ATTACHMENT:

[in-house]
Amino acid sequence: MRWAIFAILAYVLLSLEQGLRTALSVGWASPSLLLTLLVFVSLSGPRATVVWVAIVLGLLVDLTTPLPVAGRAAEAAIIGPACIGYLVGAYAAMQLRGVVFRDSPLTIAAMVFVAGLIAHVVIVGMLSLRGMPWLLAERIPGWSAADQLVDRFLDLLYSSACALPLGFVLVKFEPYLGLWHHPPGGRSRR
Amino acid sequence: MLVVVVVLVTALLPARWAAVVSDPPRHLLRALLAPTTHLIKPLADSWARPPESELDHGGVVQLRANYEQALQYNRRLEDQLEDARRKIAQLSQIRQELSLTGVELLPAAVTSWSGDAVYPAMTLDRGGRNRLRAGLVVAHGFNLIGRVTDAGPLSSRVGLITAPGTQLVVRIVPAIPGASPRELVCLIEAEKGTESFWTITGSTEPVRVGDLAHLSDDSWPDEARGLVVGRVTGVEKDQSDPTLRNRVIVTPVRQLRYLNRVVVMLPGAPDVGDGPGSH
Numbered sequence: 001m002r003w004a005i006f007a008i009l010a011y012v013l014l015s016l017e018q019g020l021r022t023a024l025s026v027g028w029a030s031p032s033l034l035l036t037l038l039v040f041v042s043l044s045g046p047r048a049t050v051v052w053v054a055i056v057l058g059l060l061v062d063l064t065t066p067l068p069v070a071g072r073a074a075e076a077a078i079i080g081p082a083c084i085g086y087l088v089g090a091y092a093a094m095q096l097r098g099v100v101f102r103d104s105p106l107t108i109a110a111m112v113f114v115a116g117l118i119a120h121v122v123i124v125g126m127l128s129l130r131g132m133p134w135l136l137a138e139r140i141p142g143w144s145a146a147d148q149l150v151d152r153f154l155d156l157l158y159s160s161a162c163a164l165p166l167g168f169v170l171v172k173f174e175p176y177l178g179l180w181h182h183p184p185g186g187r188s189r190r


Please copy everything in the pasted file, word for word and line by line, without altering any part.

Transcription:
[in-house]
Amino acid sequence: MRWAIFAILAYVLLSLEQGLRTALSVGWASPSLLLTLLVFVSLSGPRATVVWVAIVLGLLVDLTTPLPVAGRAAEAAIIGPACIGYLVGAYAAMQLRGVVFRDSPLTIAAMVFVAGLIAHVVIVGMLSLRGMPWLLAERIPGWSAADQLVDRFLDLLYSSACALPLGFVLVKFEPYLGLWHHPPGGRSRR
Amino acid sequence: MLVVVVVLVTALLPARWAAVVSDPPRHLLRALLAPTTHLIKPLADSWARPPESELDHGGVVQLRANYEQALQYNRRLEDQLEDARRKIAQLSQIRQELSLTGVELLPAAVTSWSGDAVYPAMTLDRGGRNRLRAGLVVAHGFNLIGRVTDAGPLSSRVGLITAPGTQLVVRIVPAIPGASPRELVCLIEAEKGTESFWTITGSTEPVRVGDLAHLSDDSWPDEARGLVVGRVTGVEKDQSDPTLRNRVIVTPVRQLRYLNRVVVMLPGAPDVGDGPGSH
Numbered sequence: 001m002r003w004a005i006f007a008i009l010a011y012v013l014l015s016l017e018q019g020l021r022t023a024l025s026v027g028w029a030s031p032s033l034l035l036t037l038l039v040f041v042s043l044s045g046p047r048a049t050v051v052w053v054a055i056v057l058g059l060l061v062d063l064t065t066p067l068p069v070a071g072r073a074a075e076a077a078i079i080g081p082a083c084i085g086y087l088v089g090a091y092a093a094m095q096l097r098g099v100v101f102r103d104s105p106l107t108i109a110a111m112v113f114v115a116g117l118i119a120h121v122v123i124v125g126m127l128s129l130r131g132m133p134w135l136l137a138e139r140i141p142g143w144s145a146a147d148q149l150v151d152r153f154l155d156l157l158y159s160s161a162c163a164l165p166l167g168f169v170l171v172k173f174e175p176y177l178g179l180w181h182h183p184p185g186g187r188s189r190r